By Steven Pressfield | Published: May 16, 2014
[“The Book I’ve Been Avoiding Writing” (a.k.a. “Three Years of Writing and 40+ Years of Thinking About The Lion’s Gate“) is a mini-series about the writing of my new book, The Lion’s Gate. Thanks for tuning in as it runs Mondays and Fridays over the next few weeks.]
Day Nine in Israel. Danny is taking me to the Kotel—the Western Wall.
I had to write a Book Proposal for The Lion’s Gate. I had never done that before. Shawn Coyne was operating as my agent on this project. Shawn is my partner in our little publishing venture, Black Irish Books. But The Lion’s Gate is much too big for Black Irish.
We need a major-league mainstream publisher for this one.
Fortunately Shawn, among his many other literary careers, has worked as an agent, most recently for Endeavor, a big-time outfit with a heavy presence in movies and TV as well as books.
Shawn walks me through the book proposal. He has put together hundreds of them over his previous 20 years in the lit biz as an editor and publisher.
“A book proposal is like a pitch in Hollywood, only it’s in written form, not verbal. Fifty to sixty pages. You lay out your vision for the book, including a couple of sample chapters, and explain what the target audience is and why this book will appeal to that audience.”
The point of a book proposal is to sell the book to a publisher before you’ve written it. The reason I’d never done a book proposal is that I’ve always written novels. There’s no such thing as a book proposal for a work of fiction. Fiction is too quirky, too execution-dependent. For a novel, publishers want to see the completed manuscript. Only then can they get a sense of go or no-go.
Non-fiction is different. If you’re David McCullough or Bob Woodward, you have credibility in publishers’ eyes before you’ve written a word. They know you can deliver. You can make a deal based on your reputation and a credible book proposal.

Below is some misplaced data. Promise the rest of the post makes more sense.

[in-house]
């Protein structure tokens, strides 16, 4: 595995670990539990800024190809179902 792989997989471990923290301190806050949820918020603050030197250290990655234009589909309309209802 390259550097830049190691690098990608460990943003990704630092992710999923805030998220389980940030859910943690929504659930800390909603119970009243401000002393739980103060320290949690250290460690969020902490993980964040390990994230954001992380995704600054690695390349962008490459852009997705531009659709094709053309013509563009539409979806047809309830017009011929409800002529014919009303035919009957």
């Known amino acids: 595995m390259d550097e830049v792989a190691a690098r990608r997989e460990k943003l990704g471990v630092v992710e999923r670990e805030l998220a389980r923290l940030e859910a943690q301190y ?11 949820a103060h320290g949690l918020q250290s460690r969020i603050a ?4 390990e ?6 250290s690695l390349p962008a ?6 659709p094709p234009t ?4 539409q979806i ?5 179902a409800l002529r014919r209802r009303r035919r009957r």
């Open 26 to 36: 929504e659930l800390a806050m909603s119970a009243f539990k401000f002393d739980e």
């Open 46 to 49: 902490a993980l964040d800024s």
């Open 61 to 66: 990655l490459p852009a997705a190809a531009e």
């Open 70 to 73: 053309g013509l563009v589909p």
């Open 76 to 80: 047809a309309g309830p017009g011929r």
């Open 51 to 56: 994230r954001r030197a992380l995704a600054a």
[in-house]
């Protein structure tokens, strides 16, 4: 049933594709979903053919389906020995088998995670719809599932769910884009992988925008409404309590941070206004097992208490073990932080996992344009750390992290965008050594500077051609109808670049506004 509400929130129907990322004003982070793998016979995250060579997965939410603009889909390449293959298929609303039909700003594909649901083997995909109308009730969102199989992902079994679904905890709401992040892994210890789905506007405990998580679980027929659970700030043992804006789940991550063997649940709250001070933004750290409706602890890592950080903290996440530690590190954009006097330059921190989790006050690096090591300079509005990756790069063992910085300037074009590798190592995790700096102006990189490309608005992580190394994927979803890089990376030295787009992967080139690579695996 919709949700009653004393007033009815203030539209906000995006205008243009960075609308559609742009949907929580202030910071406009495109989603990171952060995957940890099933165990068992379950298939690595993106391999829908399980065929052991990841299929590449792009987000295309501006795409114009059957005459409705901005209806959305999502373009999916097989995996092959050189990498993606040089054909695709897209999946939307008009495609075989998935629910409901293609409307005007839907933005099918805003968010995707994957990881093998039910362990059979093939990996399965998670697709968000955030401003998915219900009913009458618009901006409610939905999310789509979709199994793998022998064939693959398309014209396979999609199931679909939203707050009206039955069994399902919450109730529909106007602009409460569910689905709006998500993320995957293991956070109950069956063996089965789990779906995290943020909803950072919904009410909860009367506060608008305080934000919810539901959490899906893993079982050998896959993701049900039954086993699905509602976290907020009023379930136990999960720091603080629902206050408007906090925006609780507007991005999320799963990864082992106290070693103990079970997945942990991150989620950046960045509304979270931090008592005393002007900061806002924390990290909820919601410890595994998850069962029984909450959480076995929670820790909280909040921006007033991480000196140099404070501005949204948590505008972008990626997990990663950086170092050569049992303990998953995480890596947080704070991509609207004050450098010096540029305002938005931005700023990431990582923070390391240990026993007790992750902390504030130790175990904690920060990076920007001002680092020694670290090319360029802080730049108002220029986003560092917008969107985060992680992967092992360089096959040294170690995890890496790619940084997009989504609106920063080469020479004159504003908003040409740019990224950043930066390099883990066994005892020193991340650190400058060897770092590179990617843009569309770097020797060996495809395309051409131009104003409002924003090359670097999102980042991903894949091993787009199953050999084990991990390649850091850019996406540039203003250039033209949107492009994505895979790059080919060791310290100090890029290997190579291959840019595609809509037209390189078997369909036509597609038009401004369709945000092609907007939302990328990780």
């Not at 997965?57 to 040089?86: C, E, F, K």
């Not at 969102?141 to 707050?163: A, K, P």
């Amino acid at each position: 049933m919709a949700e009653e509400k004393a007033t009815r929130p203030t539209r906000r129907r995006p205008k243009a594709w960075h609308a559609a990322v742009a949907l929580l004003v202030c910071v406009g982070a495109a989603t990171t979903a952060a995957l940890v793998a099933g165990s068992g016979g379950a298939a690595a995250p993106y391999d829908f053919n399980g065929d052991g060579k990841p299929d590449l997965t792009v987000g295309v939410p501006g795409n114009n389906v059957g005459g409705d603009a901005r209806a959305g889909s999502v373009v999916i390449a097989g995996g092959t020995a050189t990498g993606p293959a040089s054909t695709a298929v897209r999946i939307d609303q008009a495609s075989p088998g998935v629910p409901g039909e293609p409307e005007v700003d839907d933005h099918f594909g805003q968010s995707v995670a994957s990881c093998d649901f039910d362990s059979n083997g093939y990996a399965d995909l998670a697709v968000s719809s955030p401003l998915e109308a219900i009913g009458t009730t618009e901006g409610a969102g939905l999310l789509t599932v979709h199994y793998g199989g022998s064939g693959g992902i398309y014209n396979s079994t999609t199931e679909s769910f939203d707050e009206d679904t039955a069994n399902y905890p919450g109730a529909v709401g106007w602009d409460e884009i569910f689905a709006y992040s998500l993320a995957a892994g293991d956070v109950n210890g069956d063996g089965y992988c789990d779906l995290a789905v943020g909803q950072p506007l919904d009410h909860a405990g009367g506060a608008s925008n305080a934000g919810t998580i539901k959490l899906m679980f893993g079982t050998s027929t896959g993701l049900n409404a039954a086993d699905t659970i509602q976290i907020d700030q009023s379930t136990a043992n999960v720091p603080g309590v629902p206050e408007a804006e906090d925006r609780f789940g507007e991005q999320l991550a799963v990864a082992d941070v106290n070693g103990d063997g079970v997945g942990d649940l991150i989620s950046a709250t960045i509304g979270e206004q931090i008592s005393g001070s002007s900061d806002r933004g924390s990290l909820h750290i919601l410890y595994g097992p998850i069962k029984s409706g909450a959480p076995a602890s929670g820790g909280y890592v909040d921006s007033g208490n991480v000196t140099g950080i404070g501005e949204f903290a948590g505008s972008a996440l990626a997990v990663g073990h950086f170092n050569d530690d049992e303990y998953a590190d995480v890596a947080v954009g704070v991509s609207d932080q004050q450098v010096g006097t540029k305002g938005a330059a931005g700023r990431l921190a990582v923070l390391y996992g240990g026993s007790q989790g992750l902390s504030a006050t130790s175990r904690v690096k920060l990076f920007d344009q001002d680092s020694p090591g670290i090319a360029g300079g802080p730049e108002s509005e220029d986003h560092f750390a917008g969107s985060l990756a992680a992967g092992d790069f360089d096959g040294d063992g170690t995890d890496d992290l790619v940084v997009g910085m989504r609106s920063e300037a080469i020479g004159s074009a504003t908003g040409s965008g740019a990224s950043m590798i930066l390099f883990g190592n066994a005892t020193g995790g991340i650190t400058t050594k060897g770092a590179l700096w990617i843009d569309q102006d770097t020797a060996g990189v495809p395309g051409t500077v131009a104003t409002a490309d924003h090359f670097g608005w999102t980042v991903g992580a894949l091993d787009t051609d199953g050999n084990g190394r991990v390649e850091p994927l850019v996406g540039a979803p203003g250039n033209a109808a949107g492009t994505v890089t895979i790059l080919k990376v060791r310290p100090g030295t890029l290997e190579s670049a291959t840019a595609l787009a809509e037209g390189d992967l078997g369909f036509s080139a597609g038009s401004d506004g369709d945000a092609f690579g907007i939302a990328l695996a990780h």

The point of a proposal, from the writer’s side, is to get a publisher to advance you money so you can write your book. But a strong, well-thought-out proposal helps the publisher too. It gives her confidence that you, the writer, can deliver what you’ve promised, that it’ll work as a book, and that readers will buy it.
In a way, the book proposal is the kavanah.
It’s the Writer’s Intention. It’s a document that lays out what he’s aiming to do.
Danny and I are approaching the Western Wall. We’ve parked my rental Toyota, jamming it between a Honda Odyssey with Palestinian plates and two motorcycles, a Ducati 250 and a battered English Triumph, parked sideways on the road that rings the monumental fortress walls of the Old City of Jerusalem.
You enter the Old City by various ancient gates—the Jaffa Gate, the Damascus Gate, Herod’s Gate, the Lion’s Gate. The closest to the Western Wall is the Dung Gate, so named because in the days of King David, this was the gate (the lowest of all in elevation) out of which Jerusalemites dumped their garbage.
We pass a knot of Israeli girl soldiers, good-looking nineteen-year-olds with ponytails, baggy fatigue trousers, and M-4 carbines slung muzzle-down over their shoulders. There is nothing remotely intimidating about them. They are on their iPhones, paying attention to no one. Right behind the girl soldiers is a sidewalk bagel seller, an Arab, making a sale to a couple speaking German. Arab bagels are much bigger than Jewish bagels. They look like neck pillows from an airplane. You dip ’em in salt or spices. Three shekels. Seventy-five cents. They’re great.
The Western Wall—the Kotel—was the heart of my Book Proposal. I’ll get into that in detail later. The short version is that the liberation of the Kotel by Israeli paratroopers will be the emotional climax of The Lion’s Gate.
Everything in the book will build to that moment, which even to me, ignorant as I am of the Books of Judges and of Kings, is and can be nothing other than the culminating symbolic moment of all Jewish history, or at least since the legions of Rome burned Jerusalem in 70 BCE, razed the Temple, and drove the Jewish people from the holy land, dispersing them into a two thousand year exile from their homeland and their holiest site.
I am a Diaspora Jew. My name, Pressfield, has been Anglicized from its German antecedent, Pretzfeld. But even that is not a Jewish name. It’s a pass-for-white name, a faux-Gentile name, an assimilative name.